The European Commission plans for a 70% recycling target by 2030 and a landfill ban on recyclable waste from 2025 looks probable as increased targets are set to be proposed to the European Parliament later this month. The proposals, which are currently still in the draft stage, incorporate details of the measures expected to be included in the EU’s much anticipated circular economy package.
Recycling targets to 2030
The policy proposals also include details of changes to packaging recycling targets which will rise to 80% by 2030 with an interim target of 60% by 2020, and 70% by 2025. It is expected that individual targets for all recyclable waste materials such as plastics, metals, glass, paper, cardboard and biodegradable waste will also be included in this.
A landfill ban on all of these materials, alongside other recyclable waste, is proposed to be implemented by 2025. It is probable that this will be extended and, by 2030, will include all recoverable waste. A 30% target for resource efficiency is also set to be put in place for all Member States by 2030. The target is in relation to raw material consumption and gross domestic product (GDP) and intends to encourage the EU to improve resource efficiency.
The key points from the proposal regarding recycling which are most likely to be pursued are listed below:
- Target to improve resource efficiency by 30% by 2030
- 70% municipal waste recycling target by 2030
- 80% packaging waste recycling target by 2030 with interim targets of 60% by 2020 and 70% by 2025
- Plastics banned from landfill by 2025
- Landfill bans for all recyclable waste by 2025 and for all recoverable municipal waste by 2030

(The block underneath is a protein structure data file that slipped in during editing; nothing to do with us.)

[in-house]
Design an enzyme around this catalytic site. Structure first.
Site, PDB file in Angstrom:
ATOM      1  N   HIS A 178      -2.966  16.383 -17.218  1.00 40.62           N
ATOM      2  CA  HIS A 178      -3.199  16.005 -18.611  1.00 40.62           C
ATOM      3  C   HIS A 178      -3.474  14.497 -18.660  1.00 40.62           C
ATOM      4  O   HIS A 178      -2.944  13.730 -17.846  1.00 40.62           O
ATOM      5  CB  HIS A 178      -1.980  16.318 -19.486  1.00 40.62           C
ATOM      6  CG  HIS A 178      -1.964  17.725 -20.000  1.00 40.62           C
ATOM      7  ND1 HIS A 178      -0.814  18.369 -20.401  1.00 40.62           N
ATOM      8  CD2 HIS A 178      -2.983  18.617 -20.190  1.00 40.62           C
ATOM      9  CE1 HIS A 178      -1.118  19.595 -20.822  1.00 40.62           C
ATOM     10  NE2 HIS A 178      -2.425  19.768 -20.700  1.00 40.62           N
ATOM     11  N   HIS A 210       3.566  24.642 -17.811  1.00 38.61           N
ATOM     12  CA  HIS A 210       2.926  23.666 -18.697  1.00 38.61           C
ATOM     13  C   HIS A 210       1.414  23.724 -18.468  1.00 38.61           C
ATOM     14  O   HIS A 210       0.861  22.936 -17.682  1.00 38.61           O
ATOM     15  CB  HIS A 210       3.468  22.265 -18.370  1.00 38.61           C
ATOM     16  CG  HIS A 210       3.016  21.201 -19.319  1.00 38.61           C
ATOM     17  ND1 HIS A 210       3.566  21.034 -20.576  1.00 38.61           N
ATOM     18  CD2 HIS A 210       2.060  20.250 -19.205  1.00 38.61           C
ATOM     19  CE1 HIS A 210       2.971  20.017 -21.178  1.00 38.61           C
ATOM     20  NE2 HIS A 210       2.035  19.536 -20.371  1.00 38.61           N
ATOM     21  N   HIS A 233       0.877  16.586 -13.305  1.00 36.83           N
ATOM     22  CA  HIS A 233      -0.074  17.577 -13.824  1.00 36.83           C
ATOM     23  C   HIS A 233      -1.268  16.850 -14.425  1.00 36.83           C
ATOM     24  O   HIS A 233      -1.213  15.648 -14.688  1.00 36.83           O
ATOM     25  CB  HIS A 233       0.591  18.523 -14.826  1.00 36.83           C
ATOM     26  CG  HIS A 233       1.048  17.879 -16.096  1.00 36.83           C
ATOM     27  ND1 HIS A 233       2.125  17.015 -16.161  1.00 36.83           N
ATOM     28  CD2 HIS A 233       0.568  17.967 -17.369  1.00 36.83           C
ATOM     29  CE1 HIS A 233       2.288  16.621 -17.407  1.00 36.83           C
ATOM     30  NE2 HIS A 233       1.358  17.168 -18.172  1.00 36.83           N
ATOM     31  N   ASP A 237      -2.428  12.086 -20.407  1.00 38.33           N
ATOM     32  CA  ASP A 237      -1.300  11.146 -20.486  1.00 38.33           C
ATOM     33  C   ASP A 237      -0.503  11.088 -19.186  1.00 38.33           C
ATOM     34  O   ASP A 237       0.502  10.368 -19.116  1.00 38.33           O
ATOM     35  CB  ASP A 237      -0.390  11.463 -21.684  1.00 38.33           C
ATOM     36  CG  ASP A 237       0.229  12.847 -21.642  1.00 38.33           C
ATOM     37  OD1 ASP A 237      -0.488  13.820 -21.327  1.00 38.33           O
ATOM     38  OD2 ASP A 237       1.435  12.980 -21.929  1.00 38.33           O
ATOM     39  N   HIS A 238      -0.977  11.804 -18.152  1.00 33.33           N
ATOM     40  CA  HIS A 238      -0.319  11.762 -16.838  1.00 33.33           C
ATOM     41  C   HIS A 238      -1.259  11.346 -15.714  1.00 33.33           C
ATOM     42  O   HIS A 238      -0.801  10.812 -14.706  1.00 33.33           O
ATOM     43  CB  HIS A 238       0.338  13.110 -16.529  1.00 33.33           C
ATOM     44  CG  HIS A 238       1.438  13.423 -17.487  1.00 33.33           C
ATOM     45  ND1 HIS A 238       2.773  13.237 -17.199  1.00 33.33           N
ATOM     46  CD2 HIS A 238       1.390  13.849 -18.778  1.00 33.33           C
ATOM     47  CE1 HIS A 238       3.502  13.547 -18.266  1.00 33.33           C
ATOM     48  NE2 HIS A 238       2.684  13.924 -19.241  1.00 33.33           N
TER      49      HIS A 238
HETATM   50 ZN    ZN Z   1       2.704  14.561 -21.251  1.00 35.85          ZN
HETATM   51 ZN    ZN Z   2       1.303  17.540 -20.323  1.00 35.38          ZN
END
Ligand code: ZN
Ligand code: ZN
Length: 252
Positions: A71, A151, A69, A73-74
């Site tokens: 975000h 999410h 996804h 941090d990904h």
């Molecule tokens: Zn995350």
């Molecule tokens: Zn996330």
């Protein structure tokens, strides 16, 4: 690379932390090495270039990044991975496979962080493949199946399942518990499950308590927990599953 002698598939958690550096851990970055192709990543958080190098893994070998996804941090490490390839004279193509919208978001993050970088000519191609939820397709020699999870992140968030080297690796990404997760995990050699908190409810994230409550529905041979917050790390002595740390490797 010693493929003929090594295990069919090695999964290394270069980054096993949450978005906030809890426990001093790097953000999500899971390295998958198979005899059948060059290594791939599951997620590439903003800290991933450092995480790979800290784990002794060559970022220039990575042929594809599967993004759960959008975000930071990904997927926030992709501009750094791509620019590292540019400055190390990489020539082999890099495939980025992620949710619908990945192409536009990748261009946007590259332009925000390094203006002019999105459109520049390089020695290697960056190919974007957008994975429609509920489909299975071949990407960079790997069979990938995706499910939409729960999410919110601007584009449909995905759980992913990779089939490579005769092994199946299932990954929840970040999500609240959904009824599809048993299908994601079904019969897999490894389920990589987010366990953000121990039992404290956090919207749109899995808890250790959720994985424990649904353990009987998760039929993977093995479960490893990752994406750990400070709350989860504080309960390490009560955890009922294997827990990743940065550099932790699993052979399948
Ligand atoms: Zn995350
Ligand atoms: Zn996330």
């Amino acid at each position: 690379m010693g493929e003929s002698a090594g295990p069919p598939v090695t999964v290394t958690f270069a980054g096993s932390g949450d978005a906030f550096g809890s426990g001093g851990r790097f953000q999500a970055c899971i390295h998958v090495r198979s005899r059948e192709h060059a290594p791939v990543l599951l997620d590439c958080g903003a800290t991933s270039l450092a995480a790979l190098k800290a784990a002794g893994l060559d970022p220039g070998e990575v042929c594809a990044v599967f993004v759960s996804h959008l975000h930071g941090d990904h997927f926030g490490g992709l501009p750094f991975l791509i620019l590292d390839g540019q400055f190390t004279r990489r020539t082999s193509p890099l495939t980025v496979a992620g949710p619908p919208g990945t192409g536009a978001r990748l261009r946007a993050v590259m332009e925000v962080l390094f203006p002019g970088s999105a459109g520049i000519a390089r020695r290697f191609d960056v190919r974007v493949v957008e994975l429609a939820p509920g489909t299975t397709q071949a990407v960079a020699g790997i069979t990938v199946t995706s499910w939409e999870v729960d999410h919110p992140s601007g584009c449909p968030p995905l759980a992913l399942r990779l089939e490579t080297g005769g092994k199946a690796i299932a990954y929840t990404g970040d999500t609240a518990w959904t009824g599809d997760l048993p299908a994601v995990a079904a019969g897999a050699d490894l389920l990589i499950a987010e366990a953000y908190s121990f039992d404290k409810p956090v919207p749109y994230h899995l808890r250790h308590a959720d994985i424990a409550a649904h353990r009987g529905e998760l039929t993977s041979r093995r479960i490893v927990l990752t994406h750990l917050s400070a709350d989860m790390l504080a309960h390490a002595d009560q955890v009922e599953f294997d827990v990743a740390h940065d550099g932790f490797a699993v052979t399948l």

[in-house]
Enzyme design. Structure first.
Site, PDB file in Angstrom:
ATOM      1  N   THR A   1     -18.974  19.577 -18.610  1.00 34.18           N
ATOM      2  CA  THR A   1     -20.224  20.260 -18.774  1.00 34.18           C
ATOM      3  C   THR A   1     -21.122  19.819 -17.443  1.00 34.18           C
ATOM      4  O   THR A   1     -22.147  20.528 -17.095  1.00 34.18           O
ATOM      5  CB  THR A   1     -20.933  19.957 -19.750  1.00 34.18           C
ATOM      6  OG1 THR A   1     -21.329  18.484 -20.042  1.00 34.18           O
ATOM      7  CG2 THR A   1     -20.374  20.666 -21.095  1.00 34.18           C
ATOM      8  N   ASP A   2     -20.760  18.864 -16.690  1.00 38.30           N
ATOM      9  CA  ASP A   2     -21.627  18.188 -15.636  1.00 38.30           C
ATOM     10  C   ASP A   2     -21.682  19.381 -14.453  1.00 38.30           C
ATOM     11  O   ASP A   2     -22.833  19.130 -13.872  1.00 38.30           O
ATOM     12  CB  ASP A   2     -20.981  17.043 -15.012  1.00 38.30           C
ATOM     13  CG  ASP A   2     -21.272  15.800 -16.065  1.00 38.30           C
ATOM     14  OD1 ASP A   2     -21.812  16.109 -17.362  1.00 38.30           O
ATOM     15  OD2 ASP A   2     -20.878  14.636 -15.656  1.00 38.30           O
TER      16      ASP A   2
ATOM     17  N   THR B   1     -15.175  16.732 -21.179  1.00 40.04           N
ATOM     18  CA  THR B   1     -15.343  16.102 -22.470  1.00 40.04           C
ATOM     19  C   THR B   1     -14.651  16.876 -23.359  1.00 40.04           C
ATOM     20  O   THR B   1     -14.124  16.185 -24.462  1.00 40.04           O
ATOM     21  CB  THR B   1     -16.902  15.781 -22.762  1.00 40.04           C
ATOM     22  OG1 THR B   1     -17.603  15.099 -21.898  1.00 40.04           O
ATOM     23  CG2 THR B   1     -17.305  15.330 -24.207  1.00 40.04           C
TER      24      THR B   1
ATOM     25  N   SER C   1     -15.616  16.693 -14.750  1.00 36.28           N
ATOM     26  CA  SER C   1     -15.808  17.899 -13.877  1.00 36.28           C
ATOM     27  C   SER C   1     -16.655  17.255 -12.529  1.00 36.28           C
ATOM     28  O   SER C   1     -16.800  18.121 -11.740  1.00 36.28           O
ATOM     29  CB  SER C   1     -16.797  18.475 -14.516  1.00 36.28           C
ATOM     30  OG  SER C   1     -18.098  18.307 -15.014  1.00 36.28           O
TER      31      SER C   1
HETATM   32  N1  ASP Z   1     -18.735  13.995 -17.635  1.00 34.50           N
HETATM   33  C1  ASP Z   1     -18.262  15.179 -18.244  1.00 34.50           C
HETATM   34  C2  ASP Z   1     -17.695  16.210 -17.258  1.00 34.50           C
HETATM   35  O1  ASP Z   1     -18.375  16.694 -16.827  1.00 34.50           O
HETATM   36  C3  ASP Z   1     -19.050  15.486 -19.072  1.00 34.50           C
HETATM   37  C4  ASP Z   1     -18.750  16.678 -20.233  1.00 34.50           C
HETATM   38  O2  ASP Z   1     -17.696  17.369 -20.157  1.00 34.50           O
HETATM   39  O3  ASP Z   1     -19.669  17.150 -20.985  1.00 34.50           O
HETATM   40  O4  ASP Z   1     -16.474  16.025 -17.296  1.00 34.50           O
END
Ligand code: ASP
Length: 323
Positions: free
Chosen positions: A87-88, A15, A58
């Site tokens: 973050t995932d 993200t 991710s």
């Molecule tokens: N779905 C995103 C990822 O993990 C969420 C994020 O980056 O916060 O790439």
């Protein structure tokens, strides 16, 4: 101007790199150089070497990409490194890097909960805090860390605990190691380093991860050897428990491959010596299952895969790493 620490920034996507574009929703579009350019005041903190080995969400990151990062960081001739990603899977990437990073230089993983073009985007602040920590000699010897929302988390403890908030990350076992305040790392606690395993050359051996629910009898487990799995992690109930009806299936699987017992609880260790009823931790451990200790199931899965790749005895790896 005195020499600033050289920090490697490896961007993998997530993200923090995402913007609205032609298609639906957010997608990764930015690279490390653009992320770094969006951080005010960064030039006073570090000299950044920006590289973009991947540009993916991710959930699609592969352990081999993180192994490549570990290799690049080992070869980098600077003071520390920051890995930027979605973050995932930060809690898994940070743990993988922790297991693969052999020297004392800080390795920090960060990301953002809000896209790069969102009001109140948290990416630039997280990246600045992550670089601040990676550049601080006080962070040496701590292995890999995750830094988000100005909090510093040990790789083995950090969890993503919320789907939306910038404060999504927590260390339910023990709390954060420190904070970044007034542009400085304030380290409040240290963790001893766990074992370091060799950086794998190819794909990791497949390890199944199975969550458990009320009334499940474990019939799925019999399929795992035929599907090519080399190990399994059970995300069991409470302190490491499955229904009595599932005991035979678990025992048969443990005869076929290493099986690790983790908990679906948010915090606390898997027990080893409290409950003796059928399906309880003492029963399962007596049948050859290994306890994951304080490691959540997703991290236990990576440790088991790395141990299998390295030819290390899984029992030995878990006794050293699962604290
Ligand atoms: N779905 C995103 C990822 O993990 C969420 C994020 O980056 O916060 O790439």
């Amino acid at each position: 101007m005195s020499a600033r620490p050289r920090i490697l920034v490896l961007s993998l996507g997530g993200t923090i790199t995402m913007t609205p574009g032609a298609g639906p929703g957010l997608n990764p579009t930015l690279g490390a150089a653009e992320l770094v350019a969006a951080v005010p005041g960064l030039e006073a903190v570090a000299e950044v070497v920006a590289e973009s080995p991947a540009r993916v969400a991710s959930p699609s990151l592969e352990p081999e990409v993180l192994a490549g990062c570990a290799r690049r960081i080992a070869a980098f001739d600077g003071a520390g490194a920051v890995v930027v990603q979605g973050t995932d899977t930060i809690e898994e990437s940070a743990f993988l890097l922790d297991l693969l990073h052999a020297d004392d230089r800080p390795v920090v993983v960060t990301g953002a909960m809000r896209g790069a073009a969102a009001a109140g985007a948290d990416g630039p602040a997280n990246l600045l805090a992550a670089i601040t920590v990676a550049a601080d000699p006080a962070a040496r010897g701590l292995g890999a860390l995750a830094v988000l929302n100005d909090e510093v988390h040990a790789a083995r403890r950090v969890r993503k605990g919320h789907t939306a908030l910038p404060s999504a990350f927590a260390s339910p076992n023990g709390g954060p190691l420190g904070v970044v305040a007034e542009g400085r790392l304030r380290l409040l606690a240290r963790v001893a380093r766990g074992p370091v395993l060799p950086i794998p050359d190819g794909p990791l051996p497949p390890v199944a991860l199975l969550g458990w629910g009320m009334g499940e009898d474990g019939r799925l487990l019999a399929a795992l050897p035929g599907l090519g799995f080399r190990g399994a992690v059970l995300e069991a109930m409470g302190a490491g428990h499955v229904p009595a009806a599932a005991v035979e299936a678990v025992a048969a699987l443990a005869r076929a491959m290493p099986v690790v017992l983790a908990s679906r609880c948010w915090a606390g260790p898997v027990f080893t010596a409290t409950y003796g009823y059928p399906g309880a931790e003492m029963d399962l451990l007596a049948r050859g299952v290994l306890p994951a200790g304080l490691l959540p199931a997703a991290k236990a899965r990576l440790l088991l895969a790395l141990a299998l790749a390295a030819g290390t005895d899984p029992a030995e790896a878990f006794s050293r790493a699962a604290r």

Although it has been acknowledged that ‘substantial’ progress has been made over the last 20 years concerning improvements to recycling and reduction of waste to landfill, it is noted in attached documentation to the proposals called ‘Towards a circular economy: A zero waste programme for Europe’ that many Member States still have a way to go.
Future progression for recycling in the EU
To enable Member States to align with more successful countries, the commission has suggested that: “Strong policy signals are needed to create longer term predictability for investment and change so that materials, such as plastics, glass, metals, paper and other recyclables, re-enter the economy as secondary raw materials. Setting clear recycling targets for the period up to 2030 will provide such predictability and certainty. Land filling of all recoverable materials should be effectively banned in the mid-term (by 2030) with an interim ban of recyclable waste by 2025.”
The proposal includes other measures such as plans to align data collection and reporting systems across the EU including ensuring more efficient calculation methods for recycling targets. Also proposed are amendments to the Ecodesign Directive to improve product design for recyclability and new measures for Green Public Procurement.
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